LA Police Union Official: 'Every Dollar You Take Away' Has Consequences | WCAI

LA Police Union Official: 'Every Dollar You Take Away' Has Consequences

Jun 11, 2020

In the two-and-a-half weeks since police killed George Floyd in Minneapolis, the question of how to change policing has eclipsed almost every other topic of debate.

Some of the loudest voices opposing dramatic change are from police unions.

In Los Angeles, Mayor Eric Garcetti wants to cut the police budget by as much as $150 million. In a recent speech, he referred to police as "killers." In response, union directors questioned the mayor's mental health.

Robert Harris, an official with the city's police union, says he's not opposed to reassessing the budget in order to better serve the community.

In L.A., and across the country, police are often called on to deal with issues such as homelessness, addiction and mental illness.

"Let's identify things that we have stereotypically put at the feet of law enforcement and see if we can address those better, and let's see what that impact would be in our communities, specifically our higher crime areas or our minority communities," says Harris, a director with the Los Angeles Police Protective League, in an interview on All Things Considered.

But that, he argues, isn't what the current conversation is about.

"What's happening is a philosophy that says police are harming minority communities. Therefore, we're going to punish them by taking money away from them," Harris says. "Every dollar you take away from a department has a real consequence in our neighborhoods."

Here are excerpts from the interview.

Many argue that police unions often stand in the way of reform. For example, California changed state law, over union objections, to open records of officer misconduct to the public. That law took effect last year. What kind of impact has it had?

It's generated an immense amount of administrative work onto police departments. With every new reform, something like body cameras ... all of those things come with administrative functions that then require funding, which is the irony here, every time we ask for something new, it requires funding to do that. I would disagree that rank-and-file union stand in the way of reform. I think that makes for a great clip. I don't think it's rooted in reality. ...

But on that specific state law, the union did oppose that particular effort for transparency and accountability. And when I ask you how it's gone, you say it's created a lot more work. So you can understand why people would have that perception.

... When you reduce some of these issues that are nuanced and have unintended consequences to them, when you reduce them down to "well, the police just don't want to release their personnel records," that's just not true. And it's not fair.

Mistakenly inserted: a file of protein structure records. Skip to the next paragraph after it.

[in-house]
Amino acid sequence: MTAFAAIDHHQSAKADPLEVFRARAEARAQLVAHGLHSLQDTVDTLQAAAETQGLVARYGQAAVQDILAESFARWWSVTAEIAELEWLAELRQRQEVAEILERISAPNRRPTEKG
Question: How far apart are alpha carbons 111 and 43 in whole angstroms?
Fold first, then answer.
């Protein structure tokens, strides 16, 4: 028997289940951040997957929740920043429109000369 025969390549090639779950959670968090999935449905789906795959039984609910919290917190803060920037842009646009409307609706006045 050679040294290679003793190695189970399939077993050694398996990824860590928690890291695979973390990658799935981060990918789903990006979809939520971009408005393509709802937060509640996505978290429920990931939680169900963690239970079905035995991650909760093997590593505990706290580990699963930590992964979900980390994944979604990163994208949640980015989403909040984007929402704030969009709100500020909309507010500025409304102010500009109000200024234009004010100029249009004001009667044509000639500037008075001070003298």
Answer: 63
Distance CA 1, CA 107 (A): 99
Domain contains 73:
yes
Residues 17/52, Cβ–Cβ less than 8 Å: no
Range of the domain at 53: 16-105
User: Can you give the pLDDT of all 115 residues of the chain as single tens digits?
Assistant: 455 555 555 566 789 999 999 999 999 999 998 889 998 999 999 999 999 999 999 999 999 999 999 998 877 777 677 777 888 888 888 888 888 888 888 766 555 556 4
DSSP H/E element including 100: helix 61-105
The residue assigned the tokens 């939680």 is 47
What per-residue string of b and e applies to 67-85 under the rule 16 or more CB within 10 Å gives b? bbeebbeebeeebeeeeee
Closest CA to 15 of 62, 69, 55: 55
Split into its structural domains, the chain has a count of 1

Can you just explain to listeners why unions have so often opposed rules such as clearly prescribed use of force continuums, civilian oversight with subpoena power, things that give unions a reputation for fighting changes in American policing?

Look, some rank-and-file unions have gotten it wrong. ... I think there should be a national minimum use of force policy standard. I think all agencies should have something that ingrains reverence for life in their officers' minds. I think that they should include policies that address de-escalation techniques, tactics and training. I think training itself needs to be better at a national level for police. And these are all things that Los Angeles has implemented over the last two decades, and it has served us very well. I think it is very important for people to have the proper perspective and perceptions when it comes to how do we move forward towards the shared goal of building trust and respect between communities and the officers that serve them.

Listen to the full interview at the audio link.

Copyright 2020 NPR. To see more, visit https://www.npr.org.

ARI SHAPIRO, HOST:

George Floyd was killed in Minneapolis less than a month ago, on May 25. And in that short time, the question of how to change policing has eclipsed almost every other topic of debate in this country. Some of the loudest voices opposing dramatic change are from police officers' unions. In Los Angeles, Mayor Eric Garcetti wants to cut the police budget by as much as $150 million dollars. He referred to police as killers. And in response, union directors questioned the mayor's mental health. One of those directors, Robert Harris, joins us now.

Thanks for taking the time.

ROBERT HARRIS: Thanks for having me.

SHAPIRO: As you know, LA police are often called on to deal with homelessness, addiction, mental illness. That's something your own police chief has complained about. So why not redirect funding from the police to agencies with expertise in those areas?